Cédric Laurant

Cédric Laurant is an attorney-at-law with Dumont Bergman Bider in Mexico City, where he is in charge of the areas of IT, data privacy and copyright law. He advises local, US, European and other foreign companies doing business in Mexico about Mexican IT law, global data privacy issues, and related information security and information governance matters.

Cédric has been working for more than 15 years in the US, Europe and Latin America on data privacy issues as a lawyer, public policy expert, academic and consultant on international projects in the areas of internet law, e-commerce, social media, telecommunications, information governance and information security for international organisations, governments, private companies, trade associations and public interest organisations.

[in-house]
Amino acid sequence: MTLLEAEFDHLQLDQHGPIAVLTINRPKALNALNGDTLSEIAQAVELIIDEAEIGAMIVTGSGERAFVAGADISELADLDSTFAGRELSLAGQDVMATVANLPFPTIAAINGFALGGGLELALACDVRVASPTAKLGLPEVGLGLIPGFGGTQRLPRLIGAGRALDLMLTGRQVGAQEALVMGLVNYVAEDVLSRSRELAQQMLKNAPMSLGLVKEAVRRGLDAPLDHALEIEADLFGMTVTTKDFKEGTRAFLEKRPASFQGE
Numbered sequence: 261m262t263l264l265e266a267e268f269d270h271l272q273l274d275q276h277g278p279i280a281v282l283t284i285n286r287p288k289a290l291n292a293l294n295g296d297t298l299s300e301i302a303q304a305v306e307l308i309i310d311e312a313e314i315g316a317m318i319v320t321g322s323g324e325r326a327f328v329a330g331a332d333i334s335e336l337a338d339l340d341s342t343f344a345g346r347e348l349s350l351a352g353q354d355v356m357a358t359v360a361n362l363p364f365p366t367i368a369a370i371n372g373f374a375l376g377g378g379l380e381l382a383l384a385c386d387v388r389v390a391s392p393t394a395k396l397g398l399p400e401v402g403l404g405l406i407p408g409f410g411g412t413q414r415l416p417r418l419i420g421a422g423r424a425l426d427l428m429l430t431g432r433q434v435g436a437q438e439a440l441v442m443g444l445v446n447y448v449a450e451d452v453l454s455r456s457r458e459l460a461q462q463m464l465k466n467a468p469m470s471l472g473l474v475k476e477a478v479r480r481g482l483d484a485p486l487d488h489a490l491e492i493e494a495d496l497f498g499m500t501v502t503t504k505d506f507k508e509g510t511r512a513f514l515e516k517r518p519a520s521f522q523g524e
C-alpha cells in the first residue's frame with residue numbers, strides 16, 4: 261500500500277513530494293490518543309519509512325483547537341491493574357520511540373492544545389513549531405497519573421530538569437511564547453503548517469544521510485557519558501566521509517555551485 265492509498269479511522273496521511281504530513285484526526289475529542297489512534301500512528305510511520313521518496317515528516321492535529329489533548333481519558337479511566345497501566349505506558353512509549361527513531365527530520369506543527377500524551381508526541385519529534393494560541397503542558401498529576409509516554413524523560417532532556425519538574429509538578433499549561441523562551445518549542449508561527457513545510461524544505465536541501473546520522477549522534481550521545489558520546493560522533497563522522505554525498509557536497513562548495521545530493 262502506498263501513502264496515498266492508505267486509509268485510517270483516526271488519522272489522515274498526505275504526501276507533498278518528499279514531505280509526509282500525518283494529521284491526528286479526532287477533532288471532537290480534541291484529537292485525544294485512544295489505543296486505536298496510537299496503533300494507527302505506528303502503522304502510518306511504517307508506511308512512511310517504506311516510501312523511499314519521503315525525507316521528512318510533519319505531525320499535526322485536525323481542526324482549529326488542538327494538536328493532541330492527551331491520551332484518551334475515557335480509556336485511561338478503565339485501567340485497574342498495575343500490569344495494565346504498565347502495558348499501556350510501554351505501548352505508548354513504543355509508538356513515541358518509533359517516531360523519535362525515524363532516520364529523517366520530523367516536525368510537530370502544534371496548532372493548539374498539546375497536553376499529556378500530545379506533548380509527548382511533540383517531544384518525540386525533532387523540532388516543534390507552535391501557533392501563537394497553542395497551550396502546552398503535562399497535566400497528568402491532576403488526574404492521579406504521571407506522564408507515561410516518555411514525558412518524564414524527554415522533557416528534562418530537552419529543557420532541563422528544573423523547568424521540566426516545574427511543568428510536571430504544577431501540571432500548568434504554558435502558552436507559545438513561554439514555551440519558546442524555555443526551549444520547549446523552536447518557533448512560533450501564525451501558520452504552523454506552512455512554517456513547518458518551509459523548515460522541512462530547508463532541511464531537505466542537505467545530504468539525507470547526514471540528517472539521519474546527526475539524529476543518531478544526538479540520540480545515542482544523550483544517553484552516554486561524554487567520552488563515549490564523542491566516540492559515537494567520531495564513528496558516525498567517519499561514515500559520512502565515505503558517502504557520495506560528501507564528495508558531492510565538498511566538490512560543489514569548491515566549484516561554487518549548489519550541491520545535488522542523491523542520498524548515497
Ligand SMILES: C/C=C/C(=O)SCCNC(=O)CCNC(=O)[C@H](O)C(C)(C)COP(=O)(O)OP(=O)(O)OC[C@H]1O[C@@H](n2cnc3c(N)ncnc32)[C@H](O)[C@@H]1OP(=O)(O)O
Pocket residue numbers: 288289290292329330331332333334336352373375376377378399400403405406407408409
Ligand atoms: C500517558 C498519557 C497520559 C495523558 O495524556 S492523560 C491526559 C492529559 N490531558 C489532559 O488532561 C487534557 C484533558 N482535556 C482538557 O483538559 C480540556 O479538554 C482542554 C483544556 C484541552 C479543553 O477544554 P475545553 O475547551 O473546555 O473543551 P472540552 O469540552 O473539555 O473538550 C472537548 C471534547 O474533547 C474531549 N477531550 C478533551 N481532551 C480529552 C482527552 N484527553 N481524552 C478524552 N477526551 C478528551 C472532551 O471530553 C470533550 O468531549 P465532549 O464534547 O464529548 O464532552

Between 2002 and 2004, Cédric participated in the drafting of negotiations of Apec's Privacy Framework as a representative of civil society in the US delegation.

Cédric participates in, and frequently speaks at, conferences around the world as an expert on international data privacy and public policy issues. He has testified in these areas before the US Congress and the European Parliament.

He is a member of the District of Columbia Bar and a graduate of the Université Catholique de Louvain Law School (Belgium), with a Master of Laws from Columbia Law School (New York).


Twitter: @cedric_laurant